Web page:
JPEG = A standard for picture format made in the 1990's by Joint Photographic Experts Group). Mostly referred to as JPG as in L1003455.JPG which would be the name for a JPG file from the camera.
Summicron = Refers to the maximum lens aperture - here f/2.0 . There are many guesses how this name came about, a popular one being that the "summi" came from "summit" (summit means the highest point of a hill or mountain; the highest attainable level of achievement) while the "cron" came from "chroma" (ie. for colour). Not so: The name (Summi)cron was used because the lens used Crown glass for the first time, which Leitz bought from Chance Brothers in England. The first batch of lenses were named Summikron (Crown = Krone in Deutsch). The Summi(cron) is a development from the orignal Summar (the 50mm f2.0 lens anno 1933)
Summilux = Refers to the maximum lens aperture - normally f1.4 , "-lux" added for "light" (ie. the enhanced light gathering abilities). In the Leica Q the lens is a Summilux even it is a f/1.7 and not f/1.4.
Leica = A compound word derived from " (Lei)tz" and "(ca)mera". Apparently they were originally going to use "LECA", but another camera company already used a similar name in France, so they inserted the 'i' to prevent any confusion.
Lens - A piece of glass or similarly transparent material (like water or plastic). It has a shape so that it can direct light rays. The word “Lens” is used both for single piece of glass as well as a camera lens with several lenses that works together. From ‘lentil’ because similar in shape.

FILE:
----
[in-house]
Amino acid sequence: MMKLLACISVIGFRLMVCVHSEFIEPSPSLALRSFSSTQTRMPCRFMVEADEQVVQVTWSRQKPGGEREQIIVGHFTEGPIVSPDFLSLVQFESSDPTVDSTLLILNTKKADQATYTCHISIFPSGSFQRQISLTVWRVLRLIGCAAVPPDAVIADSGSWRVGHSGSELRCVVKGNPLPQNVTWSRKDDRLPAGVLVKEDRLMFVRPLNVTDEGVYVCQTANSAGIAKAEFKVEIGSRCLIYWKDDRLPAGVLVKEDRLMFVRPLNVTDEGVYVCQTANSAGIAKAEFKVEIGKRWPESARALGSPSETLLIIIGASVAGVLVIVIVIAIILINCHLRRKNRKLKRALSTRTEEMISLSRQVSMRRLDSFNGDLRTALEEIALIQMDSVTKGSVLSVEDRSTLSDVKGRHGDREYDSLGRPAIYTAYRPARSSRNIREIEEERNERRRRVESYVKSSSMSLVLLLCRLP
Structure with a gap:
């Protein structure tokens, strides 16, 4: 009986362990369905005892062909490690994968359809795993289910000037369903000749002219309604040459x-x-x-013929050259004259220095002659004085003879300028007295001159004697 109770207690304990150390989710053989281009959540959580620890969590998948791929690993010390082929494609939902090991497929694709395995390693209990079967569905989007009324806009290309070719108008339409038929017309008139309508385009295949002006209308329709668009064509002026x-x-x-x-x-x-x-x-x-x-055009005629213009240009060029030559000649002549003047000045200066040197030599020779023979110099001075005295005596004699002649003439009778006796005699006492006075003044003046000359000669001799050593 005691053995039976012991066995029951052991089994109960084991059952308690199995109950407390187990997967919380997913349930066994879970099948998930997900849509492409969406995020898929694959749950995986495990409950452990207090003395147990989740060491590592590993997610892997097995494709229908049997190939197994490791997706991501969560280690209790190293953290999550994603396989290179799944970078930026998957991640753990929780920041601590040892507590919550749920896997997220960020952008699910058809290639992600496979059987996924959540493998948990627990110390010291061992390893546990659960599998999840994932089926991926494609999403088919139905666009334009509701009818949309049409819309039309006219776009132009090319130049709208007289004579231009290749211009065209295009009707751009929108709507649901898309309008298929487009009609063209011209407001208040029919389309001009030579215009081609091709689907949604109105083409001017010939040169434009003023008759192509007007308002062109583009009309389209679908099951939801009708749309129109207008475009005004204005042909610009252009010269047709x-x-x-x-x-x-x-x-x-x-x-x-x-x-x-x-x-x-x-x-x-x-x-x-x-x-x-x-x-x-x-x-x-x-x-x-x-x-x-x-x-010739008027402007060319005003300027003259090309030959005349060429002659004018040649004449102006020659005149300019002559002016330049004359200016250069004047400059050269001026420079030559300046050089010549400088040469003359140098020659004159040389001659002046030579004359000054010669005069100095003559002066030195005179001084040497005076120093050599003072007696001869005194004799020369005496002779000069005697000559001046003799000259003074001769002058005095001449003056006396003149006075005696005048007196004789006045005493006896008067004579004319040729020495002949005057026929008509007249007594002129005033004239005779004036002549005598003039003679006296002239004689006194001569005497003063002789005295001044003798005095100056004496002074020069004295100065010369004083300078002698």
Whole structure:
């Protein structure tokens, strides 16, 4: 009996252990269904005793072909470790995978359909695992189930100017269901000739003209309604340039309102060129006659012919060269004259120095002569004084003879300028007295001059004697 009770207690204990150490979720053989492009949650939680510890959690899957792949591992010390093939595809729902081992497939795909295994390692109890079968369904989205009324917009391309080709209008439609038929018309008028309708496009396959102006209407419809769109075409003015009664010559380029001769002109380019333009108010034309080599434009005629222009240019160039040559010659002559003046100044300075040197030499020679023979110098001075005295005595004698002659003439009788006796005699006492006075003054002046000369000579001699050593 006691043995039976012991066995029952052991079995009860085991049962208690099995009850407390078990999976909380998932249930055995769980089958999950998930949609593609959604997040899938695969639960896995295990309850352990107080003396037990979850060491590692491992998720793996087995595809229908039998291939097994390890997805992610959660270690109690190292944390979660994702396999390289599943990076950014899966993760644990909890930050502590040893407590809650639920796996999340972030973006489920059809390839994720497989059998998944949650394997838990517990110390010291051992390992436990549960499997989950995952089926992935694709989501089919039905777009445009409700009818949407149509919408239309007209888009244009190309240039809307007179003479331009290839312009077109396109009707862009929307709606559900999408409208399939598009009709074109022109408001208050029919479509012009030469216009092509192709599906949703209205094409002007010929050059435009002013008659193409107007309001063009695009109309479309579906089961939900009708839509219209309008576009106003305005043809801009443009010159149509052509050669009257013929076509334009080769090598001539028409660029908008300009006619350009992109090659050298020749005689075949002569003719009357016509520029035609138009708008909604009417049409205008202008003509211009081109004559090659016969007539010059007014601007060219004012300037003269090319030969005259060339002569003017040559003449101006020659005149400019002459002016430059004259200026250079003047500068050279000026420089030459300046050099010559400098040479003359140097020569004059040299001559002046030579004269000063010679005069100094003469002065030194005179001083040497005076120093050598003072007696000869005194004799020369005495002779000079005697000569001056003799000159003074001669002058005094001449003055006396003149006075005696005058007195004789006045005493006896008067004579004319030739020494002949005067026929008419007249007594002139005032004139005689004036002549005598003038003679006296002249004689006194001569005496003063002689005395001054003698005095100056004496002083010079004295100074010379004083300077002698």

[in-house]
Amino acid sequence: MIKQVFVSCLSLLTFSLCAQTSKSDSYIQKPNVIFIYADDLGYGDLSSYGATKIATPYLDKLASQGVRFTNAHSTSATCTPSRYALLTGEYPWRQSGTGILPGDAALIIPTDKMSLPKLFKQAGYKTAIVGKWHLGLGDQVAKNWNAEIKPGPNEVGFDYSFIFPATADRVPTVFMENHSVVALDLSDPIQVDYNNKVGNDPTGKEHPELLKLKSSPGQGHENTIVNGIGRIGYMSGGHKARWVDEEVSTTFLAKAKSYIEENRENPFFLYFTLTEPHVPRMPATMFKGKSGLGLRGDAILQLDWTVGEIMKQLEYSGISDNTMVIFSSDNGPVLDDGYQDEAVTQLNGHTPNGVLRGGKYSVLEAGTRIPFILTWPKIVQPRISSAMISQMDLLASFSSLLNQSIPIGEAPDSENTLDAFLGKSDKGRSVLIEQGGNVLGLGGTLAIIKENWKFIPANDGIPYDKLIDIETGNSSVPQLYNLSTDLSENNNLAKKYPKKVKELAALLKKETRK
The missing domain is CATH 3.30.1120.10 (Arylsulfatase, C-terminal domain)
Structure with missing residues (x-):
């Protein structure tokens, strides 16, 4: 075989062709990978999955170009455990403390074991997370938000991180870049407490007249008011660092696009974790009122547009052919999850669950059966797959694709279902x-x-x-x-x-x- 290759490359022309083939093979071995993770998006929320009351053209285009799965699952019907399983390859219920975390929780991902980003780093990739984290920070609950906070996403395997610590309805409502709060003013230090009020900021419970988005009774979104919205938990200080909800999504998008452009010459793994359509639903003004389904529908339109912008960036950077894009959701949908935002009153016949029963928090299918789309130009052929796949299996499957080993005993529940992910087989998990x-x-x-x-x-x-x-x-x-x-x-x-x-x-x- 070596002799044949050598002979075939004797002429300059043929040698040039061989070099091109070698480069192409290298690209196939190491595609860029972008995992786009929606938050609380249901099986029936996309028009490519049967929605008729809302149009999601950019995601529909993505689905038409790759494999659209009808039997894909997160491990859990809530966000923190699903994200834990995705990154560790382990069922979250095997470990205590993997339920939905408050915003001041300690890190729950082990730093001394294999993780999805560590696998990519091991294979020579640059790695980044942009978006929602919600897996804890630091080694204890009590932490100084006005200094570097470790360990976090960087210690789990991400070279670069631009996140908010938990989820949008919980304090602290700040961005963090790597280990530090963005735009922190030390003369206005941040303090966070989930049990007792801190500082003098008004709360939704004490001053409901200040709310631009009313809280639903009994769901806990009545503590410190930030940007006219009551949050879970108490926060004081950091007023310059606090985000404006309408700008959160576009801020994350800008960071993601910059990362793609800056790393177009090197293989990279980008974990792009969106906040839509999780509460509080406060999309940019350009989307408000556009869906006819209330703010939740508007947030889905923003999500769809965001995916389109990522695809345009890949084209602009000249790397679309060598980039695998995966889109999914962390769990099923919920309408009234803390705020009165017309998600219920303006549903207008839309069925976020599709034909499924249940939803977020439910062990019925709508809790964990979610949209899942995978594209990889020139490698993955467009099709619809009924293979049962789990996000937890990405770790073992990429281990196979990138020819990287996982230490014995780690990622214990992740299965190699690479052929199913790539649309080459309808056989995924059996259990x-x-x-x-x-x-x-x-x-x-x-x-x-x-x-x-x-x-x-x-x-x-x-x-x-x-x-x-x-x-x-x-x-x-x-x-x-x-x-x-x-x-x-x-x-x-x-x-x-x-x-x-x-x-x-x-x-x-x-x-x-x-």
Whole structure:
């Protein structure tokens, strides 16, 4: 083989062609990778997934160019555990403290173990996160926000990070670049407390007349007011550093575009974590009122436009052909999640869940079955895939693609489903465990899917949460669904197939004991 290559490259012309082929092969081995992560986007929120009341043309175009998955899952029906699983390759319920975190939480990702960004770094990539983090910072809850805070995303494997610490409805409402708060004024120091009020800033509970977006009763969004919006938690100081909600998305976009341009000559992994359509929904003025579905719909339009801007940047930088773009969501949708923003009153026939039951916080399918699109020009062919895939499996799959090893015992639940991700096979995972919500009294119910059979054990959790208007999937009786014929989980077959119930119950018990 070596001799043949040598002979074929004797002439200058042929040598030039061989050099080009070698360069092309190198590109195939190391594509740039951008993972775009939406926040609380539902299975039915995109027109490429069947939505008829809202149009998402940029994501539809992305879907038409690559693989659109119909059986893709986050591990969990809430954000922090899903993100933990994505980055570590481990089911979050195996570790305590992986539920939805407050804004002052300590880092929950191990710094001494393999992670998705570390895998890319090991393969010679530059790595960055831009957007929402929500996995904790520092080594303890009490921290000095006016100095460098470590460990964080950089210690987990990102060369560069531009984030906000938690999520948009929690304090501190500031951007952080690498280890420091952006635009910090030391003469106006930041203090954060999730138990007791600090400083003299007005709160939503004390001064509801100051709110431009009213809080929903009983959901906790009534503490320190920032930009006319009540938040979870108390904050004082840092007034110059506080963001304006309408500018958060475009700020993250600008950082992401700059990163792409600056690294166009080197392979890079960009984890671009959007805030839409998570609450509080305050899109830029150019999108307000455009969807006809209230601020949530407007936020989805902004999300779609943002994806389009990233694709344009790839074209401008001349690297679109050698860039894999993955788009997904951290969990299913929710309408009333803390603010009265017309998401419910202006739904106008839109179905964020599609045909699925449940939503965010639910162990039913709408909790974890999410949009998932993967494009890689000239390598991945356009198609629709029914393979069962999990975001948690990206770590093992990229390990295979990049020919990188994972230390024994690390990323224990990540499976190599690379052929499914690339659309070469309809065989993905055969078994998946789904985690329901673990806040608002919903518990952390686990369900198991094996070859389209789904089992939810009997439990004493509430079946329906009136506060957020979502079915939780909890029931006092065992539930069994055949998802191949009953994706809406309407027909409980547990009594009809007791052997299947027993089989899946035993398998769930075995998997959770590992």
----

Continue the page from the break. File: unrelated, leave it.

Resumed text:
Lens hood = A tube or ring attached to the front of a camera lens to prevent unwanted light from reaching the lens and sensor. ORIGIN Old English hod; related to Dutch hoed, German Hut 'hat,' also to hat.
Light = Tiny particles called photons that behaves like both waves and particles. Light makes objects visible by reflecting off of them, and in photography that reflecting off of subjects is what creates textures, shapes, colors and luminance. Light in its natural form (emanating from the sun) also gives life to plants and living things, and makes (most) people happier. So far, nobody has been able to determine exactly what light is. The word photography means “writing with light” (photo = light, -graphy = writing). Read more about light in my book Finding the Magic of Light.
Live View = This is the ability to see the image the sensor see, live, via the screen, or via an electronic viewfinder (EVF).
MACRO = Macro lens. The Leica 60mm APO-Elmarit-Macro ASPH f/2.8 is both a 60mm lens for portraits, landscapes, etc. as well as a near focus macro. The word macro comes from Greek makros ‘long, large.’
Maestro II - A processor developed first as Maestro for the Leica S2 and upgraded to Maestro II for the Leica S (Typ 007). The Leica M10 has a Mestro II (and the Leica Q a Maestro II Q-edition) processor developed by SocioNext Inc. based on Fujitsu's Mibeault architecture.